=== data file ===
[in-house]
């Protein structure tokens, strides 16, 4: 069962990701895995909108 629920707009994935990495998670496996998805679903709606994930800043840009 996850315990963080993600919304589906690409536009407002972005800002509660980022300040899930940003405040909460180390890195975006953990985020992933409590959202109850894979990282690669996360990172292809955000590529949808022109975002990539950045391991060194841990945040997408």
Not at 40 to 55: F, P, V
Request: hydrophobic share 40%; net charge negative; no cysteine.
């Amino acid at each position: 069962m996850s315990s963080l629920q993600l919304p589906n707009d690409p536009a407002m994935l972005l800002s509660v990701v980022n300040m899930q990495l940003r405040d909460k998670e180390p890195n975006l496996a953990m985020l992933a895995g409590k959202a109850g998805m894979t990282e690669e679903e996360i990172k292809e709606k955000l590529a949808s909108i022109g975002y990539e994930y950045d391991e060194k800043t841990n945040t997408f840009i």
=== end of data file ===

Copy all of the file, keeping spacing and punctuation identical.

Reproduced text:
[in-house]
């Protein structure tokens, strides 16, 4: 069962990701895995909108 629920707009994935990495998670496996998805679903709606994930800043840009 996850315990963080993600919304589906690409536009407002972005800002509660980022300040899930940003405040909460180390890195975006953990985020992933409590959202109850894979990282690669996360990172292809955000590529949808022109975002990539950045391991060194841990945040997408």
Not at 40 to 55: F, P, V
Request: hydrophobic share 40%; net charge negative; no cysteine.
């Amino acid at each position: 069962m996850s315990s963080l629920q993600l919304p589906n707009d690409p536009a407002m994935l972005l800002s509660v990701v980022n300040m899930q990495l940003r405040d909460k998670e180390p890195n975006l496996a953990m985020l992933a895995g409590k959202a109850g998805m894979t990282e690669e679903e996360i990172k292809e709606k955000l590529a949808s909108i022109g975002y990539e994930y950045d391991e060194k800043t841990n945040t997408f840009i």